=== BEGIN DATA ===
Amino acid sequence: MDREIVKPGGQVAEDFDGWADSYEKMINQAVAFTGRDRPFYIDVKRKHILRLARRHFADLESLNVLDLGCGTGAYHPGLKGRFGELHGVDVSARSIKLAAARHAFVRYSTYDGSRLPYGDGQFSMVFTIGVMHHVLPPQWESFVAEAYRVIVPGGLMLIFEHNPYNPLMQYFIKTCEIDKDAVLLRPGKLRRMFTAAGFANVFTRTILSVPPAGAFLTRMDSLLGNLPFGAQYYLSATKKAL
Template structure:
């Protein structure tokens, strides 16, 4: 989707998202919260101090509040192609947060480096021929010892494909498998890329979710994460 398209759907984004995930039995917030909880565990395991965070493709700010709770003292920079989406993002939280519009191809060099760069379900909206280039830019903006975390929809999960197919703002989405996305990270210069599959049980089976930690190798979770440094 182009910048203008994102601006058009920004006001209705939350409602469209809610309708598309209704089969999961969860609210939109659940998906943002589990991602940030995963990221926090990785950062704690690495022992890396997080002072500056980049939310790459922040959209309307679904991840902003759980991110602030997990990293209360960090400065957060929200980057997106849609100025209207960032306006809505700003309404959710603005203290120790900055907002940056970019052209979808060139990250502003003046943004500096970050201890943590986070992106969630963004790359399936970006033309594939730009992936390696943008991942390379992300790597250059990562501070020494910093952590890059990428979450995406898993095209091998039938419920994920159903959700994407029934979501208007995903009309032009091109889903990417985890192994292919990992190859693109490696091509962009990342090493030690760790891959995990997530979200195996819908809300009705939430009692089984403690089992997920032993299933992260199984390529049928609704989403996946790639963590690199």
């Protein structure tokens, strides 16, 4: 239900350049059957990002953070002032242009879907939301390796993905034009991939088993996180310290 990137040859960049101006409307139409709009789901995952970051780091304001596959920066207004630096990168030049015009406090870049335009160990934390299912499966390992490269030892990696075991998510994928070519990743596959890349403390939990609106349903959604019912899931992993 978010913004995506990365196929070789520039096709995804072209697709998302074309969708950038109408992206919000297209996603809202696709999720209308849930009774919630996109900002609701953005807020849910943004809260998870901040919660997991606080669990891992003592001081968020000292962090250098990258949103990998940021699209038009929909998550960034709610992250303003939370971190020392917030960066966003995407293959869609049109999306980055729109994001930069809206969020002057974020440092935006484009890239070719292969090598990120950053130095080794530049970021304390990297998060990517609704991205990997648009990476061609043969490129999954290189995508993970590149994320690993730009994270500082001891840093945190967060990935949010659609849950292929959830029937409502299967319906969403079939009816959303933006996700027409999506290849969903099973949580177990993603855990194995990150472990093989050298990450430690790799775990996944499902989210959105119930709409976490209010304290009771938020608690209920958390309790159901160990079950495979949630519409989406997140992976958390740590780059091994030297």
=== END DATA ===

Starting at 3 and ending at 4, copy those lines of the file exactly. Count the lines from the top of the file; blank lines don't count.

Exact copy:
């Protein structure tokens, strides 16, 4: 989707998202919260101090509040192609947060480096021929010892494909498998890329979710994460 398209759907984004995930039995917030909880565990395991965070493709700010709770003292920079989406993002939280519009191809060099760069379900909206280039830019903006975390929809999960197919703002989405996305990270210069599959049980089976930690190798979770440094 182009910048203008994102601006058009920004006001209705939350409602469209809610309708598309209704089969999961969860609210939109659940998906943002589990991602940030995963990221926090990785950062704690690495022992890396997080002072500056980049939310790459922040959209309307679904991840902003759980991110602030997990990293209360960090400065957060929200980057997106849609100025209207960032306006809505700003309404959710603005203290120790900055907002940056970019052209979808060139990250502003003046943004500096970050201890943590986070992106969630963004790359399936970006033309594939730009992936390696943008991942390379992300790597250059990562501070020494910093952590890059990428979450995406898993095209091998039938419920994920159903959700994407029934979501208007995903009309032009091109889903990417985890192994292919990992190859693109490696091509962009990342090493030690760790891959995990997530979200195996819908809300009705939430009692089984403690089992997920032993299933992260199984390529049928609704989403996946790639963590690199």
């Protein structure tokens, strides 16, 4: 239900350049059957990002953070002032242009879907939301390796993905034009991939088993996180310290 990137040859960049101006409307139409709009789901995952970051780091304001596959920066207004630096990168030049015009406090870049335009160990934390299912499966390992490269030892990696075991998510994928070519990743596959890349403390939990609106349903959604019912899931992993 978010913004995506990365196929070789520039096709995804072209697709998302074309969708950038109408992206919000297209996603809202696709999720209308849930009774919630996109900002609701953005807020849910943004809260998870901040919660997991606080669990891992003592001081968020000292962090250098990258949103990998940021699209038009929909998550960034709610992250303003939370971190020392917030960066966003995407293959869609049109999306980055729109994001930069809206969020002057974020440092935006484009890239070719292969090598990120950053130095080794530049970021304390990297998060990517609704991205990997648009990476061609043969490129999954290189995508993970590149994320690993730009994270500082001891840093945190967060990935949010659609849950292929959830029937409502299967319906969403079939009816959303933006996700027409999506290849969903099973949580177990993603855990194995990150472990093989050298990450430690790799775990996944499902989210959105119930709409976490209010304290009771938020608690209920958390309790159901160990079950495979949630519409989406997140992976958390740590780059091994030297």